I was driving down a dark mountain road the other night and started thinking about Rob Zombie. It might have been the confederate flags planted sporadically on the edges of dirt driveways, the lone rusted truck filled with overgrown foliage, the smell of hickory, and the reoccurring thought that a nightgown clad woman with blood on her hands and a wild look in her eye could come stumbling out into the foggy road at any turn of the bend.
It’s also October, and I was also listening to “Don’t Fear the Reaper” on the radio. This isn’t to say I’m excited about Halloween. But I do love a good horror film…even a bad one. And Rob Zombie films settle somewhere in the middle. When I first saw House of 1000 Corpses when it hit theaters in 2003, I think I walked out before it ended because I felt so sick to my stomach. It was gory, sadistic, and dirt-under-your-fingernails dirty. Then, in 2005, Zombie released its sequel, The Devil’s Rejects. And for some reason, even though it was equally gory and grimy, I actually enjoyed it — rather, saw something in Zombie’s style that I appreciated. He knows horror.
Both films revolve around a family that terrorizes unsuspecting victims. Picture driving through a backwater town in the middle of the night, and having to stop at a gas station. Maybe an inbred looking child is roaming around in the dusty road on a creaky tricycle. That didn’t happen in either of the films. In Corpses, a couple of teenagers go in search of the legendary “Dr. Satan” and are led through a carnival like madness with Captain Spaulding (Sid Haig), who has painted his face with caked on clown makeup. They meet “Baby” (Sheri Moon Zombie) who angelically leads them back to her house. There, they meet the rest of her family, the Fireflies, and thus begins the bloody terror. In the sequel, The Devil’s Rejects, police ambush the Firefly home and “Mother Firefly” is taken into custody, a few other guys in the family are shot down, and Baby and Otis (Bill Moseley) flee the scene. The go to a motel where they torture more victims.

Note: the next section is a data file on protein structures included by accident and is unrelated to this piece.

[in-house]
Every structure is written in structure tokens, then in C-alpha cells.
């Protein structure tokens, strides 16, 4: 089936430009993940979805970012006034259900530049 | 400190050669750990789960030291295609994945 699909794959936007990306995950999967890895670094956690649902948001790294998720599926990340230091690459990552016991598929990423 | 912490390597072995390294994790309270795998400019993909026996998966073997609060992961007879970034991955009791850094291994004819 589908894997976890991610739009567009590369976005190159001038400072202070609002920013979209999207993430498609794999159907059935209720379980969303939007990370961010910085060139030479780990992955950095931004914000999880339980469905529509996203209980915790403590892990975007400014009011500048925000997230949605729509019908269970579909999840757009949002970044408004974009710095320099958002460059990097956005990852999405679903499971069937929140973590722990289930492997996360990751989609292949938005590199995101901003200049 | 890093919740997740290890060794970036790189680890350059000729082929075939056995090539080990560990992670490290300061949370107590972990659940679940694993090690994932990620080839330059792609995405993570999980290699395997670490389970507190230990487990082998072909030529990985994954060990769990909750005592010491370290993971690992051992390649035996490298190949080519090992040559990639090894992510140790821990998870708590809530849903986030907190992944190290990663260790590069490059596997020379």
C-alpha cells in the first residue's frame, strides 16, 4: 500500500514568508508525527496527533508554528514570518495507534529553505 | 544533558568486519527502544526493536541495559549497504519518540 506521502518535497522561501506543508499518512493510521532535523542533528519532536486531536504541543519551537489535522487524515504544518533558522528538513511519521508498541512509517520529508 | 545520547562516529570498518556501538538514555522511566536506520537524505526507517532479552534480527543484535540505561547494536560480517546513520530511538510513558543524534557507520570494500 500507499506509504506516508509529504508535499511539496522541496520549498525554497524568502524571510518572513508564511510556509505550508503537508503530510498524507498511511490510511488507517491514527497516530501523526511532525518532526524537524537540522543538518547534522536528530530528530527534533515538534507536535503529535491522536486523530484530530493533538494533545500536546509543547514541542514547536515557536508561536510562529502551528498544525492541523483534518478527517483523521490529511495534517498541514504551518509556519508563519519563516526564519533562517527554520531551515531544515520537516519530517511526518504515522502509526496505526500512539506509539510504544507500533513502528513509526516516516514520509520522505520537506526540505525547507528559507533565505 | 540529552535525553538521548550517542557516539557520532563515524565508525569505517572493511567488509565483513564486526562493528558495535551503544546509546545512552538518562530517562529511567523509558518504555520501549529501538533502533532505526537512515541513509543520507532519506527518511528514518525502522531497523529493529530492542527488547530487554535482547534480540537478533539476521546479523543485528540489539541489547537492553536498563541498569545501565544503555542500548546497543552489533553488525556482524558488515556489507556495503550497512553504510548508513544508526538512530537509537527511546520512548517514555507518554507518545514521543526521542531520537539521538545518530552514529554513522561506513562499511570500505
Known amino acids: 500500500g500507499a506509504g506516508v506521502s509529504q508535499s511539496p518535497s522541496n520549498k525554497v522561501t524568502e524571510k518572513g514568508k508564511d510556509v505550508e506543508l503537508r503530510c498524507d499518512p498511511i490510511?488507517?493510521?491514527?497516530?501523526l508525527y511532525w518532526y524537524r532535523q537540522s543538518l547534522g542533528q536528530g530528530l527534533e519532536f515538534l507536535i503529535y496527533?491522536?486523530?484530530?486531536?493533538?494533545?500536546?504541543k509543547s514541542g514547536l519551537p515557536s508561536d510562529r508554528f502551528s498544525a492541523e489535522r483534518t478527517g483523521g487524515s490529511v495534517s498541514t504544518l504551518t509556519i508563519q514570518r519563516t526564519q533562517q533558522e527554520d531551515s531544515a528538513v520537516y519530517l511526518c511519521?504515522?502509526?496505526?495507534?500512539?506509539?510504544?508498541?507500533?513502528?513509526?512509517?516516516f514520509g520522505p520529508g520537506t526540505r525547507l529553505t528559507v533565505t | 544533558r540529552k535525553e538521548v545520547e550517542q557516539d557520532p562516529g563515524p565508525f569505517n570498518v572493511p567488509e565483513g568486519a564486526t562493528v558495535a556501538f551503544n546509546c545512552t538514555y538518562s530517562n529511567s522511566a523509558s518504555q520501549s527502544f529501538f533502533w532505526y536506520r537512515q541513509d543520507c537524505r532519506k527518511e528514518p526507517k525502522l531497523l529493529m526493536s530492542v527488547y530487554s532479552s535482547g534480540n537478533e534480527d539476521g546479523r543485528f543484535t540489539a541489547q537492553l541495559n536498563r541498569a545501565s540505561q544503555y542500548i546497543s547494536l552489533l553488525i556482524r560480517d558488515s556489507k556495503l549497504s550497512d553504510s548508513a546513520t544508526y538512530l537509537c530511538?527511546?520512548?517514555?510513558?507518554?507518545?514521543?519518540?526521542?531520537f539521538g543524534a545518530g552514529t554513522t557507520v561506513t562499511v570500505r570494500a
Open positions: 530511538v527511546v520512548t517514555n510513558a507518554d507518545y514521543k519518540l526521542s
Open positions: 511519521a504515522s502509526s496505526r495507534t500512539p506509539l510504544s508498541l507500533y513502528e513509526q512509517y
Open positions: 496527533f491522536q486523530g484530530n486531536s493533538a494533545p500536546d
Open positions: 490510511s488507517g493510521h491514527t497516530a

It’s assumed that both films take place in the 1970s. The soundtracks to both films are incredibly on point and spine tingling when paired with the zany, cackling characters and their fits of rage. The Devil’s Rejects opens with an appropriate “Midnight Rider” by The Allman Brothers, which sets the mood for the entire feel of the film, a happy-go-lucky “Shambala” by Three Dog Night, James Gang’s “Funk #49”, and a haunting “Free Bird” by Lynyrd Skynyrd in its final scene.
What Zombie creates is visceral and raw. His films give off a documentary style with choppy camera action. It’s off-beat and campy, and that’s cinematic brilliance. Maybe it’s all morbid and cliche, but if you don’t go to a carnival, smell the funnel cake and cotton candy, and hear some Joe Walsh, it’s like its un-American to be going on a ferris wheel. And a Rob Zombie film is as American as apple pie.